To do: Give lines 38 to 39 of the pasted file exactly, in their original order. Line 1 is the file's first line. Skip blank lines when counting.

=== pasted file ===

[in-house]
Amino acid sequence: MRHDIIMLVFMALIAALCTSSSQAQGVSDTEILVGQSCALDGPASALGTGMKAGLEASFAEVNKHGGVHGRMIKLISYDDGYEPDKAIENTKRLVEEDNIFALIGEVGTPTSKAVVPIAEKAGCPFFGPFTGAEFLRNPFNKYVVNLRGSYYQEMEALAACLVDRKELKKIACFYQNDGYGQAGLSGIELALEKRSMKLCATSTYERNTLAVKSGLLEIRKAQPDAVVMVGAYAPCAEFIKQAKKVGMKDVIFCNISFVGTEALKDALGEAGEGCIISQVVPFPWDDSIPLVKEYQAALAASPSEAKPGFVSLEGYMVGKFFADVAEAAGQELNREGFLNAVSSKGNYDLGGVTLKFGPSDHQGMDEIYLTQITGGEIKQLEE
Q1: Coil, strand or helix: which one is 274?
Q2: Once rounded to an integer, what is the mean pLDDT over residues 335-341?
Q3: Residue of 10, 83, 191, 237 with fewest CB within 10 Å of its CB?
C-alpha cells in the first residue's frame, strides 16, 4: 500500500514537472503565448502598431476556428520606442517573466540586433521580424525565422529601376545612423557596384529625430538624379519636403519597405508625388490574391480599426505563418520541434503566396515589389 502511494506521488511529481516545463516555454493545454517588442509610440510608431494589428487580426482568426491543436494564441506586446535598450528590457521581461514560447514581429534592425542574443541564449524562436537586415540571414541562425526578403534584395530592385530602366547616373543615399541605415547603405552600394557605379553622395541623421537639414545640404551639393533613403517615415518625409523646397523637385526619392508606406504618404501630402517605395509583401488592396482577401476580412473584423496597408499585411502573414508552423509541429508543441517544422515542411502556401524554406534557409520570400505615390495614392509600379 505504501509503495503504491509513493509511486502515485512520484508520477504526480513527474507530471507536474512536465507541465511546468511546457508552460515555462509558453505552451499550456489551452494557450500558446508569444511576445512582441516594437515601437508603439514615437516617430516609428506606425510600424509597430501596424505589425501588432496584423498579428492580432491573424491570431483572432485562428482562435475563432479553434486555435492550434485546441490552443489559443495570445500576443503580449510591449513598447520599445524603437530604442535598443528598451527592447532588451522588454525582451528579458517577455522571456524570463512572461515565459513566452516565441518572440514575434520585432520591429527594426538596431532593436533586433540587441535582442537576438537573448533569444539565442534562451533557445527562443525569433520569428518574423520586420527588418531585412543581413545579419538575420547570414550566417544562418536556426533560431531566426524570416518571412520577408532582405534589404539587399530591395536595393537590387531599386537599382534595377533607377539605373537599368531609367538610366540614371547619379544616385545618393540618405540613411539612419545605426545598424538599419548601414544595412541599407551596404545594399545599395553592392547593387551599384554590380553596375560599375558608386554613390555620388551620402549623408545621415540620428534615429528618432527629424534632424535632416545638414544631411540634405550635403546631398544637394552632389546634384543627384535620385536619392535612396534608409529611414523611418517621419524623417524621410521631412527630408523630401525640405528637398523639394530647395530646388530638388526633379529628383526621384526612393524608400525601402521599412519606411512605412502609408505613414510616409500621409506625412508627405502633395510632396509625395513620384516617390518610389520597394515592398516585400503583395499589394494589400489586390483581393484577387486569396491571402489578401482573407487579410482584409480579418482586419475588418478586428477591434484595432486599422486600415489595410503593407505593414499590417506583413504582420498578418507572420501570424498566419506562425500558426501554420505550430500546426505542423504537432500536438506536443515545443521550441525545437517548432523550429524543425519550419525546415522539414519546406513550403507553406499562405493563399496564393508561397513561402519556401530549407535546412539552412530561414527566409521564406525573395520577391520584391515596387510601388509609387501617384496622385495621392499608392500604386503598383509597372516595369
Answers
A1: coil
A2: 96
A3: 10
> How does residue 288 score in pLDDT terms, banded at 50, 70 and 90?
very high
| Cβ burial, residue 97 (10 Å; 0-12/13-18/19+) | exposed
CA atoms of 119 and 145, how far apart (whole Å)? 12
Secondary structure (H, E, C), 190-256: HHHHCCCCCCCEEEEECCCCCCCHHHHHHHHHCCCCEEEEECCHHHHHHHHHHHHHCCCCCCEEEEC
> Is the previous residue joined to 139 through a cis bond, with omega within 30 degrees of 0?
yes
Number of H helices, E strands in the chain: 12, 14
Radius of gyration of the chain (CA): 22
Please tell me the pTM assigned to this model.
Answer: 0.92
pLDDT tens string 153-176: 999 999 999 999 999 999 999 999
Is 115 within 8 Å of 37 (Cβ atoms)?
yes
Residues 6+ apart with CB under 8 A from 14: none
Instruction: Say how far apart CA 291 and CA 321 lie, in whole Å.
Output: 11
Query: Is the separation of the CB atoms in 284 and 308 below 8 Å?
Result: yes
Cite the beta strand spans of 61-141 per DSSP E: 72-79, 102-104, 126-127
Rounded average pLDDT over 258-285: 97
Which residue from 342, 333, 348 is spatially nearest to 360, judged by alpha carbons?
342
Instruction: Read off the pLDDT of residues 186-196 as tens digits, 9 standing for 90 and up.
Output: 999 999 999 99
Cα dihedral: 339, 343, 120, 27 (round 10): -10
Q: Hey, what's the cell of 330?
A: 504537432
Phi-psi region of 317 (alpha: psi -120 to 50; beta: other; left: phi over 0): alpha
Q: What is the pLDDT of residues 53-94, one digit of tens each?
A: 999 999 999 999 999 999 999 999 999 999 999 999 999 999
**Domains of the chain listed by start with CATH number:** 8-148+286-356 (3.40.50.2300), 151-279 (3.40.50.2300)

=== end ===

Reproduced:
A: 504537432
Phi-psi region of 317 (alpha: psi -120 to 50; beta: other; left: phi over 0): alpha